For now, Walt Disney Company Parks & Resorts, previously linked to the Dubailand development, said it had no plans to open a theme park in the Middle East as global consumer spending declines.
Walt Disney courts Middle East market but no plans for UAE theme park
Walt Disney Company Parks & Resorts is looking to attract high-spending Middle Easterners to its resorts amid declining consumer spending across the world.
“We have visited Dubai, Doha and Kuwait. We have partners in each of those cities and are talking to them about how we can market and sell to consumers,” said Claire Bilby, the senior vice president of sales and marketing at Disney Destinations International (DDI).
The firm recently announced new additions to its Disneyland Paris resort, including an attraction that is scheduled to open next year. It will be based on the Pixar film Ratatouille, about a rat who has ambitions of becoming a chef.
Last year Disneyland Paris drew 16 million visitors; 90 per cent of them were from Europe. The resort hopes to attract visitors from further afield in the future.
Julien Munoz, DDI’s director of international sales and marketing. said the firm had been focusing on the growing Middle East market over the past two decades.
The high expectations of customers from the region was among the challenges facing the resort, said Mr Munoz.
“Standards are high when they travel, so for us it’s a way to keep being in competition,” he said. “The Disney brand is a strong one in this market. We have 51 per cent of consumers that have a strong affinity with the brand.”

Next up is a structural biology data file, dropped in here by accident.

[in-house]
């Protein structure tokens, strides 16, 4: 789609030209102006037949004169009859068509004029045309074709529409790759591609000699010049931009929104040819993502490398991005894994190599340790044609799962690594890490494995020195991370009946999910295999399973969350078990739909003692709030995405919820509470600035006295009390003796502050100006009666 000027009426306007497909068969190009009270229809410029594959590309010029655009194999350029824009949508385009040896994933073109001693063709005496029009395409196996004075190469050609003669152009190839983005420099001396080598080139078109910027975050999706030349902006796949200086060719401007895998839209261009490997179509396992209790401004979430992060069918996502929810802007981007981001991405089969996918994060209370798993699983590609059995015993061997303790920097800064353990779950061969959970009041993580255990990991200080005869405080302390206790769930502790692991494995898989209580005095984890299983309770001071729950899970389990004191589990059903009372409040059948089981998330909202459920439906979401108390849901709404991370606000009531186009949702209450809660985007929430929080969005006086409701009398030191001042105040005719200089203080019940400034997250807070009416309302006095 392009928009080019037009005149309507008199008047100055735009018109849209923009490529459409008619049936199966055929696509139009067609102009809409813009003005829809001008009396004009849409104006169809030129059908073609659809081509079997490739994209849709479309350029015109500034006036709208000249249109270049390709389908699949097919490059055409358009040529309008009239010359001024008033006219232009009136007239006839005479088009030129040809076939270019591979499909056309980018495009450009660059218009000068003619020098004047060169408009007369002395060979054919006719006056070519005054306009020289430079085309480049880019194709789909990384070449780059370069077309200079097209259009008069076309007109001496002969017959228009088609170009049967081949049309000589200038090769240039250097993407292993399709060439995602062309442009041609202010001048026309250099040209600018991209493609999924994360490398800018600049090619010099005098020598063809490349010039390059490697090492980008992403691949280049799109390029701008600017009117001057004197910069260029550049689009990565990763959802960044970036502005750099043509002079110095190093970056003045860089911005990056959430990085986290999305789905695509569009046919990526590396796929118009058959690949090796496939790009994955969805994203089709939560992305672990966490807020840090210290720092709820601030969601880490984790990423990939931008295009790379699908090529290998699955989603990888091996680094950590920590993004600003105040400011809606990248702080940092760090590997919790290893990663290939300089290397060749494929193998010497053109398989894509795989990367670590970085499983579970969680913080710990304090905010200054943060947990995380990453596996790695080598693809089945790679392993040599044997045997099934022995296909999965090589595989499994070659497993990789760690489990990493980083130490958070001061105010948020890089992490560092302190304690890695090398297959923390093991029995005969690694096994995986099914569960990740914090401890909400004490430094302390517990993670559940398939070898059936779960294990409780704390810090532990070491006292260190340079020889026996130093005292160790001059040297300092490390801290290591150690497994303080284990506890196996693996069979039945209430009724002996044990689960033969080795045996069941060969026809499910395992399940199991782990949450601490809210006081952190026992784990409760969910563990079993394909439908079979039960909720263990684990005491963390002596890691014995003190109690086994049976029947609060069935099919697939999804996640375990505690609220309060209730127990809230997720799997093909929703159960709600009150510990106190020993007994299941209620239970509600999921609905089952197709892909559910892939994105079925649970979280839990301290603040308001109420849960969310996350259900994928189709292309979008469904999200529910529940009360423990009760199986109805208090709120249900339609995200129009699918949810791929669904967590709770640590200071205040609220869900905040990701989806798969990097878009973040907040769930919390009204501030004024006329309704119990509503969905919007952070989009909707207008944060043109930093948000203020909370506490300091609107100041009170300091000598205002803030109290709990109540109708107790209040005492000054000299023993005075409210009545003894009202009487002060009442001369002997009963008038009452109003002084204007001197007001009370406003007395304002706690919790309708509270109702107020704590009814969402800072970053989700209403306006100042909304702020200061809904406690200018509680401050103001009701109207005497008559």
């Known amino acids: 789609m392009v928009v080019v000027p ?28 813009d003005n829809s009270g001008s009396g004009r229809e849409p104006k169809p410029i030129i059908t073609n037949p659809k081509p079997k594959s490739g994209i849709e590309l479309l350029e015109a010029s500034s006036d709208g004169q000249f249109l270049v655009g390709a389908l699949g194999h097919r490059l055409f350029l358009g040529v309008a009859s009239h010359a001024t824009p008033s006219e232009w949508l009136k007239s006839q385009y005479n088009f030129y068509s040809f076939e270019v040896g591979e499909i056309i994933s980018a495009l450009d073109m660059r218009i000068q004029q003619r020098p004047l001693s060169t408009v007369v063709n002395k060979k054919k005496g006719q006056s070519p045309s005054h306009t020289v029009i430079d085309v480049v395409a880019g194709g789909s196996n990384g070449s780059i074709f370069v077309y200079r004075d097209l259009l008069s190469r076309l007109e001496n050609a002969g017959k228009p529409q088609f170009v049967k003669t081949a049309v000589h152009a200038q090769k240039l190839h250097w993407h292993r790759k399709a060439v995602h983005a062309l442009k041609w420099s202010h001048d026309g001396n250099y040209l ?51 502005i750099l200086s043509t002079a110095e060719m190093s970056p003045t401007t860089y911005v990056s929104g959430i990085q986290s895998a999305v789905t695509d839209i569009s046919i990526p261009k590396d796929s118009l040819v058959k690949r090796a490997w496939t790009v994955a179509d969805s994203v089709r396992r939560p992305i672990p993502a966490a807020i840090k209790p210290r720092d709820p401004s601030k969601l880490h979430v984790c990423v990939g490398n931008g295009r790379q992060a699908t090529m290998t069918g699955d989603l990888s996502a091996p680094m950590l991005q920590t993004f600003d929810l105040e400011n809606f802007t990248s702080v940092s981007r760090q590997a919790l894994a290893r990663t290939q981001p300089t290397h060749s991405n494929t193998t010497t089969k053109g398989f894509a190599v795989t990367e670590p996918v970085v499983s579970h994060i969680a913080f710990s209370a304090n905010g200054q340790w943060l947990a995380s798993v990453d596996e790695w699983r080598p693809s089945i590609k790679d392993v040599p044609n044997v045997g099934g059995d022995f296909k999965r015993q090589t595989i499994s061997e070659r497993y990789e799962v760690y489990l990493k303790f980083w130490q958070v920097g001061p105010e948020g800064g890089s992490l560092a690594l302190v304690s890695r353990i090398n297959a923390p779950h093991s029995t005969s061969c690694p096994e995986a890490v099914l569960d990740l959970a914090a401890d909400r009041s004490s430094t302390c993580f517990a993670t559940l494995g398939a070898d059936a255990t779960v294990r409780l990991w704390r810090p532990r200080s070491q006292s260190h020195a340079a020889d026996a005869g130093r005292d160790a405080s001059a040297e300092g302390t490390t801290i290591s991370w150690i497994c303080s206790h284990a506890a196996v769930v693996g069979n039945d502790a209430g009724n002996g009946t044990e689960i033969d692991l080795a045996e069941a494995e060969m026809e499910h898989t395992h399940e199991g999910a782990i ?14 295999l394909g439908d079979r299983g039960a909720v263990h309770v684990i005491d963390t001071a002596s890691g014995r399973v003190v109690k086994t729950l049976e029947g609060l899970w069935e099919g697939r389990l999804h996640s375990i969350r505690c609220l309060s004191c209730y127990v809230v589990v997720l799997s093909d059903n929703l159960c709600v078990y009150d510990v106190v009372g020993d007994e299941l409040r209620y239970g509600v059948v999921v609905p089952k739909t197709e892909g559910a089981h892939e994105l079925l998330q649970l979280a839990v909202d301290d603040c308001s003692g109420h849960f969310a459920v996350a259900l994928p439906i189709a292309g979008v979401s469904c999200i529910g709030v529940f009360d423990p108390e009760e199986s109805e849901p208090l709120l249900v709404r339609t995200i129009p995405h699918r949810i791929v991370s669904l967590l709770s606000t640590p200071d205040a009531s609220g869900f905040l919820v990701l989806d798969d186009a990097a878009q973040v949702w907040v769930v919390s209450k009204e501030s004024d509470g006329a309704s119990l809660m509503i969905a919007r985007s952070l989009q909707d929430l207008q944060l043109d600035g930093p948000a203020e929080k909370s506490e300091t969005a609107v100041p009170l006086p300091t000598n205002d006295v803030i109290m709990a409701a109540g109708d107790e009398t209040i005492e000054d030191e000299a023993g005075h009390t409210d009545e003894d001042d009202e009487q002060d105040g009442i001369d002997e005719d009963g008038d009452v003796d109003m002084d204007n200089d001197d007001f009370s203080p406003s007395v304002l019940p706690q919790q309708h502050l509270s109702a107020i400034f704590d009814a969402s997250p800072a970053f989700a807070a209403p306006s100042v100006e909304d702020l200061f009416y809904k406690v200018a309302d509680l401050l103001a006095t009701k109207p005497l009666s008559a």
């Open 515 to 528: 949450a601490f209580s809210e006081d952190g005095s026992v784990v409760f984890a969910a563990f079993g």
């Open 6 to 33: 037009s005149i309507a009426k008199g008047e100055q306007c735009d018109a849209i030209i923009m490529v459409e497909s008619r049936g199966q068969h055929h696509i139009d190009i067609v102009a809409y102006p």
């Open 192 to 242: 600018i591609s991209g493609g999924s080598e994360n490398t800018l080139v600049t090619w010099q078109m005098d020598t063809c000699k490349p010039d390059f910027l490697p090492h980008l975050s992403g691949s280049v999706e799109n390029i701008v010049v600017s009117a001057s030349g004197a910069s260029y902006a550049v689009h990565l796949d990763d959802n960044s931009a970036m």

Meanwhile, the entertainment giant plans to localise its shows and programmes using regional Arabic dialects, rather than translating its content into modern standard Arabic. That is intended to increase Middle Easterners’ loyalty to the brand, which would benefit its resorts in the long term, Mr Munoz said.
The majority of Disneyland Paris’ visitors from the Arabian Gulf stay in Paris and visit its theme parks for several days. Some use the resort as their base, while those who holiday in London visit the Paris resort by taking the Eurostar train there.
For now, Walt Disney Company Parks & Resorts, previously linked to the Dubailand development, said it had no plan to open a theme park in the Middle East.
“We are very focused on our existing locations and expanding those locations,” said Ms Bilby. “The Middle East is an emerging market for us, it is a growing market and something we have a lot of interest in. We are trying to learn a lot about it to satisfy guests.”
In any case, Dubai is set to become a leading destination for theme parks over the next few years.
For instance, the world’s largest indoor theme park will open in the emirate early next year. Designed by IMG Group, it will feature comic-book heros such as Spider-Man and Iron Man, as well as a Cartoon Network Zone.
The British amusement parks operator Merlin Entertainments is considering developing a Legoland in Dubai, while a Universal Studios theme park has been earmarked for Sheikh Mohammed bin Rashid City, and the property developer Meraas plans to open five theme parks in Jebel Ali.